Neglia marks 10 years with best show of decade

Neglia Ballet Artists
Flickinger Performing Arts Center at Nichols School
Buffalo, NY
May 9, 2009
Reviewed by Steve Sucato

If you didn’t happen to be among those in attendance Saturday night in the Flickinger Performing Arts Center at Nichols School for Neglia Ballet Artists’ 10th Anniversary Gala production, you can begin kicking yourself now.

Yes, it was that good.

The production — jam-packed with ballet classics and quality contemporary dance works performed primarily by guest dancers from Colorado Ballet and Festival Ballet of Providence — was arguably the finest mounted by a local dance organization in the past decade, and easily one of the finest to appear in Buffalo this season.
In the first of two pas de deuxs danced by NBA principal dancers Sergio Neglia and Sherri Campagni that bookended the program, the veteran pair lent their romantic style of ballet movement to the white swan pas de deux from the ballet Swan Lake. Campagni’s fluttering arms, dancing fingers and steady bourrée steps (rapid small steps en pointe) gave the sense of a bird skimming the water while taking flight.

Complementing her graceful movement was Neglia’s impassioned machismo sturdily partnering her throughout the delicate and tempered pace of the pas de deux. The pair’s refined line and masterful dancing set the tone for the remainder of the program.

Halt’s buoyant “Vivaldi No. 9” followed with a trio of dancers led by Erin Ginn – who appeared slightly off her game – breezing through the classical work that was lilting and pleasing.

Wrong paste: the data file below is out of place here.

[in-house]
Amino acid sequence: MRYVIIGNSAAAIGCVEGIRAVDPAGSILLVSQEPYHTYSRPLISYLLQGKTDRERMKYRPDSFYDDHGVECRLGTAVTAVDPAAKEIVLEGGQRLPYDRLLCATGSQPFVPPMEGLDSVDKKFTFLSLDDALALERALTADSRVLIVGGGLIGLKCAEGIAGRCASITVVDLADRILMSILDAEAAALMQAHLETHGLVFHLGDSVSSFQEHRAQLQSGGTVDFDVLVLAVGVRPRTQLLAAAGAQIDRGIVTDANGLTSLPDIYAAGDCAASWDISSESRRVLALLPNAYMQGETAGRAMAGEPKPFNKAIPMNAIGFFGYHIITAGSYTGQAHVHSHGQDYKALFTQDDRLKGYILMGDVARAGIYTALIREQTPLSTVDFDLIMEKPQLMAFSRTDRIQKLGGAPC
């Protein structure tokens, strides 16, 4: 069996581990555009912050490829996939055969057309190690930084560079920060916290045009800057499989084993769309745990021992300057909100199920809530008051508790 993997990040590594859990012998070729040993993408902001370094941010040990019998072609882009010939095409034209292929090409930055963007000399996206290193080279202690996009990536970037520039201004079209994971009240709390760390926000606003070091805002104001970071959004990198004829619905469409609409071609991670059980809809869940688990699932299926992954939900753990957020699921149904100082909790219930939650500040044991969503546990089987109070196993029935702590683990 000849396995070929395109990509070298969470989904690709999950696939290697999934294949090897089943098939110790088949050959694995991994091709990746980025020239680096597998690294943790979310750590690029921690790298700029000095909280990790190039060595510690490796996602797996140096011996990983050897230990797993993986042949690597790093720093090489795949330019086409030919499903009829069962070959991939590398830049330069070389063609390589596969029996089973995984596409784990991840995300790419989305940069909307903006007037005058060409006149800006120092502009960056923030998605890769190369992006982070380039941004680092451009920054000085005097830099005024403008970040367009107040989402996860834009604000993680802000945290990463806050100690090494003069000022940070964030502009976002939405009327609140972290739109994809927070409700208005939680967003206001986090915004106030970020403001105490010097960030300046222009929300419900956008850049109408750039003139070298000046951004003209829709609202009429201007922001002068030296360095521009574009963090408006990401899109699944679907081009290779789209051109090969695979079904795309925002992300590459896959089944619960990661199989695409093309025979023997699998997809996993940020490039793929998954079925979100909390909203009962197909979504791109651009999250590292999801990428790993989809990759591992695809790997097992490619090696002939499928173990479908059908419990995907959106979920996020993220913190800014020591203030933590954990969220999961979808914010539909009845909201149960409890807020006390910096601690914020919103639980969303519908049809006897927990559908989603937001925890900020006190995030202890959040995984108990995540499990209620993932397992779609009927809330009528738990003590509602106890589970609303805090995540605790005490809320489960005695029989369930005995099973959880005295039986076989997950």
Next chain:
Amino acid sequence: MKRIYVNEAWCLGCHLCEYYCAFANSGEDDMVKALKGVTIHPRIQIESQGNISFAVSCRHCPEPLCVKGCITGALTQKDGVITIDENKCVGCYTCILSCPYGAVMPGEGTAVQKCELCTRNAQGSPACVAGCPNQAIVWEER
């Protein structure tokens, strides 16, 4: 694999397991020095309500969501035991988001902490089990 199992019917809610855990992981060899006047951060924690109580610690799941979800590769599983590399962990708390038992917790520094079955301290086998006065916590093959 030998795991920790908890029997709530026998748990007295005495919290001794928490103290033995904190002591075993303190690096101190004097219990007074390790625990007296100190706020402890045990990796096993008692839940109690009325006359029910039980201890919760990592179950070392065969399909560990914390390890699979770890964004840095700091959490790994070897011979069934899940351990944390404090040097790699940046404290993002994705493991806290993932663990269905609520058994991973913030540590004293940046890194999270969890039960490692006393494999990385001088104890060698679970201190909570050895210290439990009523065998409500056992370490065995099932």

In his “Sonata for Cello & Piano in E Minor” set to music by Johannes Brahms, Colorado Ballet dancer Andrew Skeels showed he is as promising a choreographer as he is a dancer. The contemporary ballet work danced by Skeels and fellow Colorado Ballet dancers Dana Benton and Emily Bromberg blended slow moving dance phrases with rounded arms and shoulders with spurts of quick traveling movements that were punctuated by a dancer stopping to stand still and erect staring intently off into the distance.

The first half of the program concluded with the “Grande Pas de Deux” from the ballet Sleeping Beauty beautifully performed by Festival Ballet of Providence principal dancers Mindaugas Bauzys and Vilia Putrius. The regal pair powered through the pas de deux effectively and cleanly.

While the first half of the program featured mostly classical ballet works, its second half was dominated by contemporary dance works. Following Mario Galizzi’s masterful and ravishing classical pas de deux “Adagietto” to the music of Gustav Mahler and danced impeccably by Benton and Skeels, was another of Skeels’ works, “Excerpts From Shrouded Stories.”

The contemporary dance solo inspired by the Iraq War and danced energetically by Bromberg, evoked feelings of inner struggle and turmoil born out in a whir of Bromberg’s free-flowing hair in rapid spins in a circle, and the agitated flails of her arms.

Rounding out the program were choreographer James Graber’s rock ’n’ roll duet “Chimera,” danced by him and Mary Beth Hansohn. The pair motored along with the ever increasing pace of the work’s guitar-driven score to a fervent crescendo of bold partnering sequences and fiery dance steps; Viktor Plotnikov’s brilliant contemporary dance work “Breathe in A,” set to music by Bach. The trendy contemporary dance work performed by Bauzys and Putrius featured off-balance partnering that teetered on daring mixed with a creative use of pedestrian arm movements that together was inspired and highly engaging; and Neglia and Campagni in their signature pas de deux from Neglia’s ballet Spartacus. The pair’s emotional performance was a fitting end to a program where nearly every performance and dance work was spectacular.

For more information on Neglia Ballet Artists visit

This review appeared in a shortened version May 11, 2009 in The Buffalo News.

Copyright Steve Sucato

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